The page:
In a former life I was a teacher. Wait, that was actually fewer than 10 years ago when I graduated with a business education degree and accepted my first full-time teaching gig. Although I’m undecided whether I want to take up teaching in the traditional sense again when I return, it is something I’ve realized I truly enjoy. So for the past month or two I’ve been teaching a class at our local high school.
It’s just once a week with about 15 students and a lot of fun. It’s not for a grade and I strive to keep the classes interactive and relevant. The first day I had the students vote on topics (from options I provided) that they had most interest in exploring. The winner, and topic we’re still working on is Goals & My Future.
We’ve made short-term goals and long-term ones and explored reasons to have goals at all. We’ve even had good discussions about living in the moment while still having an eye for the future. It’s funny because while many folks in the USA culture, myself definitely included, tend to put too much energy in thinking and planning for the future, my experience with Paraguayans is just the opposite. They’ve got living in the moment down. Hooray! But dare I say sometimes they have it down to a fault, overlooking how what we do today leads to what will happen tomorrow. So these students and I have talked about striking a balance between the two extremes. Cultural blending at its finest.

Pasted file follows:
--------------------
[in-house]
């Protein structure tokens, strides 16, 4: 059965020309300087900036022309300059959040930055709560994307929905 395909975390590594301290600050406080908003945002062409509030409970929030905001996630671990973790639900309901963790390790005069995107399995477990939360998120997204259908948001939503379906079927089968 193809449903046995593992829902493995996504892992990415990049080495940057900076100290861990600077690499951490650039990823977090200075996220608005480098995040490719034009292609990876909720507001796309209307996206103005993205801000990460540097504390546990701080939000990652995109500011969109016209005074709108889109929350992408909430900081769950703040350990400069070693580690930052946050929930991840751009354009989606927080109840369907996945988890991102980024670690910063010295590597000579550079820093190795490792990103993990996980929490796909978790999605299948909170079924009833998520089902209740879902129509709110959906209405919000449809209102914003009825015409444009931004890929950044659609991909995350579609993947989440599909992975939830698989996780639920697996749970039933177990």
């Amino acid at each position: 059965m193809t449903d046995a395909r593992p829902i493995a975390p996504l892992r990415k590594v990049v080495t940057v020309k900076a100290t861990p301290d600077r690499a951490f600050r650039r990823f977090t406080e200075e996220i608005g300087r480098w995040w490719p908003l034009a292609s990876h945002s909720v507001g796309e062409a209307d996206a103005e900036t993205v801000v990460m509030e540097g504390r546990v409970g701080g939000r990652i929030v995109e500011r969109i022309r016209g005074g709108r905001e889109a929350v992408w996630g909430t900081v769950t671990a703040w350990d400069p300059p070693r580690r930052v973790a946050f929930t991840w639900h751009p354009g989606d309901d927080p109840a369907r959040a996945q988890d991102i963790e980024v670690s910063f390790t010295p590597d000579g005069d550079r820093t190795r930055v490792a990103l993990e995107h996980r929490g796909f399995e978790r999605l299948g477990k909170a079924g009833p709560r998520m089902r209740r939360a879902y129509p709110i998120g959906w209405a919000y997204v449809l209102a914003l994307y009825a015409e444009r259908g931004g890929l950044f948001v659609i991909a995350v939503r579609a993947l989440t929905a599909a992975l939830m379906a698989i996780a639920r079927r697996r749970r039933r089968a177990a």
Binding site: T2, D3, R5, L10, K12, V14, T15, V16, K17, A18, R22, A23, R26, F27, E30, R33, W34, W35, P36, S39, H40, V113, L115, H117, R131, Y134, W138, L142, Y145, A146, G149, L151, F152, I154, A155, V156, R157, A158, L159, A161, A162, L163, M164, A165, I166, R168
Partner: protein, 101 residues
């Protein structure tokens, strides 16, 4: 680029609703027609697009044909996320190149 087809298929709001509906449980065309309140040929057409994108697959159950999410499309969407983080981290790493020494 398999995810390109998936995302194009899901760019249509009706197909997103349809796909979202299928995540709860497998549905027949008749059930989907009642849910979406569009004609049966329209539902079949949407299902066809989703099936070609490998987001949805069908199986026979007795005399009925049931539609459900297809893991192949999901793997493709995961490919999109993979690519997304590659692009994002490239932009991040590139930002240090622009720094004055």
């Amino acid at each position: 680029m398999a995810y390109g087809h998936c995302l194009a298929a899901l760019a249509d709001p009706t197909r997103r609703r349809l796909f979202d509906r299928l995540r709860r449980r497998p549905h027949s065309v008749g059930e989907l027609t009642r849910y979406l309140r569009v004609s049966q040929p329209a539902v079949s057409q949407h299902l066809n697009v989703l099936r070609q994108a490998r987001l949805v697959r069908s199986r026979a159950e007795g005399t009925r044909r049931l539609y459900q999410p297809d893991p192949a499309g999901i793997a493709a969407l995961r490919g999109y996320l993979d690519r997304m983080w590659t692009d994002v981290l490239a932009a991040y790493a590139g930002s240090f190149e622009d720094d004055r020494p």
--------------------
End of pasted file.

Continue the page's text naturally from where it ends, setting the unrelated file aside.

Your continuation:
This past Wednesday I brought a special item: a magical crown that, when worn, advances the bearer 10 years forward in their life. You could say it’s the new take on a crystal ball. With partners, students took turns playing the roles of interviewer and their 10-years-older selves and had to think through answers to what their life would be like in 10 years. Where are they living? What is their job? Do they have a spouse? Children? What has been their biggest accomplishment in the past 10 years?
It was clear that some of the students had already thought through these kinds of questions and had a definite vision for the future while others were doing so for the first time in their interview. Everyone, though, seemed to enjoy the activity and the opportunity to peek into their future.
If I would have worn that crown 10 years ago I’m relatively certain I wouldn’t have answered that I’d be living in Paraguay as a Peace Corps volunteer but I’m glad it’s turned out this way. Here’s to seeing what the next 10 years bring on.
What will you be doing in 10 years?